Mountaineers Open Big 12 Play Against No. 16 Oklahoma
MORGANTOWN – West Virginia opens its Big 12 conference slate Saturday when it travels to face No. 16 Oklahoma in Norman.
A lot of talk this week has been focused on if it’s to early to play the conference opener in just the second week of the season, but to Bob Stoops, it doesn’t matter to him when his Sooners take on the Mountaineers.
”We had an open date and they had one,” the Oklahoma coach said. ”We feel as far as the season goes, it’s the right thing to do for your program. Otherwise we would have had another open week and then we have an open week in a couple of weeks. It just fit better for us. But, it is challenging. You’ve got be ready, whether it’s a conference game or not.”
In West Virginia’s case, it has a lot to get ready for.
Oklahoma looked strong in a 34-0 victory against the University of Louisiana at Monroe to open its season as its defense forced six three-and-outs and allowed only nine first downs, none of which were rushing.
The offense didn’t look too shabby either.
Trevor Knight became the first freshman to get a start in a season opener for the Sooners since former Heisman trophy winner Sam Bradford did it in 2007. Knight ran 13 times for 103 yards and was 11 of 28 passing for 86 yards and three touchdowns in his debut.
”He can run,” Holgorsen said of Knight. ”He’s a talented guy. His completion percentage wasn’t very good, but when I watched the tape, he’s pretty good. He can throw. When you watched a guy in the past and said his completion percentage wasn’t great, he couldn’t throw. He’s a talented quarterback, and he’s going to get better and better.”
Despite that being his first start, Knight already seems to have a favorite target.
Senior receiver Jalen Saunders finished with three catches for 30 yards, with two of those grabs going for scores.
The ground game was solid as well as senior running backs Damien Williams and Brennan Clay added 109 yards and a score to Oklahoma’s 305 total rush yards.
The third senior in the backfield, fullback Trey Millard, may have totaled only 15 all-purpose yards, but Holgorsen notes Millard may be the most versatile player on the Sooners’ roster.
”He’s a good football player,” Holgorsen said. ”Trey has been there for four years. He’s tough. He can catch high and drive you to the ground. He’s hard to tackle. He’s important with what they’re trying to do. He’s 6-foot-3 and 250 pounds. He’s extremely valuable, and he has been for them for several years. Even last year, when they were spreading the ball around, he was very important.”
Senior corner Aaron Colvin leads the Sooners’ defense. Colvin’s name was on several preseason watch lists including the Bednarik, Nagurski and Thorpe.
That could propose a problem for Mountaineers quarterback Paul Millard, considering Holgorsen pointed out he’d like to put the ball in the air more this week than in West Virginia’s victory against William & Mary a week ago.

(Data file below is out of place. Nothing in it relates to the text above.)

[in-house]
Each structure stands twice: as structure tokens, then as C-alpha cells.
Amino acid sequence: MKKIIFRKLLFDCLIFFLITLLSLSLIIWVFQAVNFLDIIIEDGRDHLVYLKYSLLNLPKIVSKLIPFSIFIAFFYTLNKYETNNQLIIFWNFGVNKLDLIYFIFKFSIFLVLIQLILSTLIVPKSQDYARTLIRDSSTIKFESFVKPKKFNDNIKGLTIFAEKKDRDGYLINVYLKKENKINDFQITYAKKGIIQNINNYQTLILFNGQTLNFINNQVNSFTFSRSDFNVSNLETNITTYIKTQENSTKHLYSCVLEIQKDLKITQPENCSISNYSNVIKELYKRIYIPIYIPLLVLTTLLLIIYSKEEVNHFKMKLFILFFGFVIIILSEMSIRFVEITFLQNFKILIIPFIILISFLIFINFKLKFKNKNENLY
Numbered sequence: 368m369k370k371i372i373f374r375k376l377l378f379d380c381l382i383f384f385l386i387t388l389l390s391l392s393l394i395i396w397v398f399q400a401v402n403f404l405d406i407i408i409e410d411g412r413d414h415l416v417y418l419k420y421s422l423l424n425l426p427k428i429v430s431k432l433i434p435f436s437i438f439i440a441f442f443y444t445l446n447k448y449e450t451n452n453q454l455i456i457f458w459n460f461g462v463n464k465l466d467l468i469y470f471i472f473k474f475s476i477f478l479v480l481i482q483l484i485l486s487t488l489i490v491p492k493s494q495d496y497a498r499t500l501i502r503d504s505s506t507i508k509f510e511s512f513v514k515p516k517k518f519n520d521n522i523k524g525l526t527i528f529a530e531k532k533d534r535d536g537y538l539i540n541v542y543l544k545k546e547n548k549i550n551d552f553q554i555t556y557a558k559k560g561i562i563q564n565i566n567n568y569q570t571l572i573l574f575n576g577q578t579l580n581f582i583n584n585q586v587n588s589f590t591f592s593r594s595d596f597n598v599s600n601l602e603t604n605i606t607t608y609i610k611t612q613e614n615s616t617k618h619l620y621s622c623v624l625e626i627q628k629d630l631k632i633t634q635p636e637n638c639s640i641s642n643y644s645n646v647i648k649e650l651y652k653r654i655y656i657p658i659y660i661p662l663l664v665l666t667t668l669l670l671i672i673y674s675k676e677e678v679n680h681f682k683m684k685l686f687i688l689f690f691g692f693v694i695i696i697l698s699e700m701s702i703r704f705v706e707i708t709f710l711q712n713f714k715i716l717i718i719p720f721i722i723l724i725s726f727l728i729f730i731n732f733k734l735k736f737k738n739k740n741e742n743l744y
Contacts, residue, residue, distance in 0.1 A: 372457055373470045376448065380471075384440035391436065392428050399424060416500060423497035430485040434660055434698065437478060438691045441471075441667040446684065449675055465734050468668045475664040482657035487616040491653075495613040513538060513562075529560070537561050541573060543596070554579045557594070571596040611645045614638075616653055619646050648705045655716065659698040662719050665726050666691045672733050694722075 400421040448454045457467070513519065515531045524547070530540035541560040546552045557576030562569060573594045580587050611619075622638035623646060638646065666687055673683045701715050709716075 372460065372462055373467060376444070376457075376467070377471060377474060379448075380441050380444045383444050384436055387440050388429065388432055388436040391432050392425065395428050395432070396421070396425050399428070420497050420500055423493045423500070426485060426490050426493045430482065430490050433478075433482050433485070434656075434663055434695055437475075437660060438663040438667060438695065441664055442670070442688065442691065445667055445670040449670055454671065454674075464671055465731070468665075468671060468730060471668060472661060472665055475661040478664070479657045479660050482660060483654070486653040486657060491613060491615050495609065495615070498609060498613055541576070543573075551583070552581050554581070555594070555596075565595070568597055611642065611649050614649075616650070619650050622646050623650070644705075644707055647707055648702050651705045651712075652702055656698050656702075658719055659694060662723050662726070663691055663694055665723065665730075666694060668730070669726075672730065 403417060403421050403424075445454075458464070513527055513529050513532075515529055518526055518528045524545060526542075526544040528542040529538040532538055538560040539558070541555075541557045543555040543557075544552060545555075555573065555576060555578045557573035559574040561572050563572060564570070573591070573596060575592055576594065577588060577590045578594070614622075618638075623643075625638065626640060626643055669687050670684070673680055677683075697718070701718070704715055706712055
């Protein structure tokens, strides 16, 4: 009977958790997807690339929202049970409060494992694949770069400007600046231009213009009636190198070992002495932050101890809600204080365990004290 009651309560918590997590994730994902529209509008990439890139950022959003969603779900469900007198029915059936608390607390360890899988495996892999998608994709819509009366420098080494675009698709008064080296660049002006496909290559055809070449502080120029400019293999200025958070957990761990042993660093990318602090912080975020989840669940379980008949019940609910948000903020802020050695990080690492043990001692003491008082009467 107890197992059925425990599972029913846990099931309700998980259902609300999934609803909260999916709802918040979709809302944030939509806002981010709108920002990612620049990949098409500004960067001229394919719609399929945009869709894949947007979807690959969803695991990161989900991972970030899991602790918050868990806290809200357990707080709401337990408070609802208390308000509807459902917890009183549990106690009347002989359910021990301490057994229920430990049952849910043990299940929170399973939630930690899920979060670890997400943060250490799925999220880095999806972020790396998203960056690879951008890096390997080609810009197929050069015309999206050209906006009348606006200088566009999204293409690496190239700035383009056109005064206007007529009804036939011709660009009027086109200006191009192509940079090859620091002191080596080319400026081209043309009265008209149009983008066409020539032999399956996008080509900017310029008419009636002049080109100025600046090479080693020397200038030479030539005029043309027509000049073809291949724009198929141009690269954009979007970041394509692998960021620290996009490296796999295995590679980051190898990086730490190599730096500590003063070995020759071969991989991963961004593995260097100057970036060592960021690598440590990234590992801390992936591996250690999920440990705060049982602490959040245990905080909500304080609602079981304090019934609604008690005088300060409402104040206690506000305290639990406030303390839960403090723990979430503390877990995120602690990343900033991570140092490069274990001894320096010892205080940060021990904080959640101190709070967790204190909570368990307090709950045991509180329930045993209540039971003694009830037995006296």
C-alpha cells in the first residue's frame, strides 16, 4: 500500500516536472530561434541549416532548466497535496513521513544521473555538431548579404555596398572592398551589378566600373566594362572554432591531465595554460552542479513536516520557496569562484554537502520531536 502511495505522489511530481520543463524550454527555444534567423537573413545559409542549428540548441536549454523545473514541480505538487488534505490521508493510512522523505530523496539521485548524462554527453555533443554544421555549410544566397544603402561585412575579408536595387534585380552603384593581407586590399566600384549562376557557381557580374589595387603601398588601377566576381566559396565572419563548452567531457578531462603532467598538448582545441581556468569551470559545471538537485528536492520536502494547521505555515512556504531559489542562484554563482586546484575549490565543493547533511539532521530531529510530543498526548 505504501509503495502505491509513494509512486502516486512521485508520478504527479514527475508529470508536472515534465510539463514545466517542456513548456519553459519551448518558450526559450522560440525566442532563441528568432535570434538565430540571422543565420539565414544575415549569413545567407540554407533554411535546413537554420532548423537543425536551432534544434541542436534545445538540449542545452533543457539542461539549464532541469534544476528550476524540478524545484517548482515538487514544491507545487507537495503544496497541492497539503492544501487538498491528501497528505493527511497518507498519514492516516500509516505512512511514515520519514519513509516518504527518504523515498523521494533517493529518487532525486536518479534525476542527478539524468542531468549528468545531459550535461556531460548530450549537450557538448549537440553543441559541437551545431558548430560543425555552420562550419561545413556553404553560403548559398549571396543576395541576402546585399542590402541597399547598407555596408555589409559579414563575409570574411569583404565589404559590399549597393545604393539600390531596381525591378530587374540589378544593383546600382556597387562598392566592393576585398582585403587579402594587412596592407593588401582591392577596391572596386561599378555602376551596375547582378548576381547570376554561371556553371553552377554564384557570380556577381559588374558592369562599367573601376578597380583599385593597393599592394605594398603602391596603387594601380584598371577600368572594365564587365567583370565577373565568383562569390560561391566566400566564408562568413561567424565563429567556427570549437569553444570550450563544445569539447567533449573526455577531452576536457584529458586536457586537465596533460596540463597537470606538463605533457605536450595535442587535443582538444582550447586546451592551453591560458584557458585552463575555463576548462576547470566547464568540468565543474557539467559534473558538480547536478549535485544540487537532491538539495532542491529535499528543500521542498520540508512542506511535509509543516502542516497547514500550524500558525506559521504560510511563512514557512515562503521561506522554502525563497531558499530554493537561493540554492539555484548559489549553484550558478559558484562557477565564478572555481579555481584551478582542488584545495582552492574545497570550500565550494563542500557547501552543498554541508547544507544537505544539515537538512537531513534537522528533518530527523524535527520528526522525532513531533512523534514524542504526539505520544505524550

”We’re talking about throwing the ball 30 percent of the time,” Holgorsen said. ”That’s embarrassing. We’re going to try to correct that – that’s for certain. I don’t care much about stats, but we have to be more balanced.”
In his first career start, Millard completed 76 percent of his passes and threw for 237 yards and a score, but the Mountaineers ran 29 passing plays compared to 40 rushing.
Those additional passing plays Holgorsen wants to run against the Sooners certainly will cut into the work load of Charles Sims, who was West Virginia’s leading rusher with 126 yards and a touchdown.
On the defensive side, the Mountaineers will rely heavily on their linebackers to contain Knight.
”Linebackers are the most important with this OU quarterback,” Holgorsen said. ”You have to be disciplined when there are 85,000 people yelling at you and you just got knocked down. You have to have the ability to understand what we’re trying to do defensively and execute your assignment.
”You can’t play defense with 10 guys. You’ve got to be able to play defense with 11 guys and make sure you’re executing your assignment when things are rough – that’s what mental toughness is all about.
”You can’t ever play a perfect game. That’s impossible. We’re going to have to play well. I’ve been (to Oklahoma) four or five times, and they’re hard to beat at home. They’re hard to beat on the road. They’re a good football team and have been for the 15 years that Stoops has been there.
”Our goal is to win one game a week. That’s all we said last week. We want to improve on all three sides of the ball. When I address the team, I’m going to describe what they’re getting into and make sure they’re prepared to travel, line up and win the game. We’ll do our best to win the game and improve on all three sides of the ball.”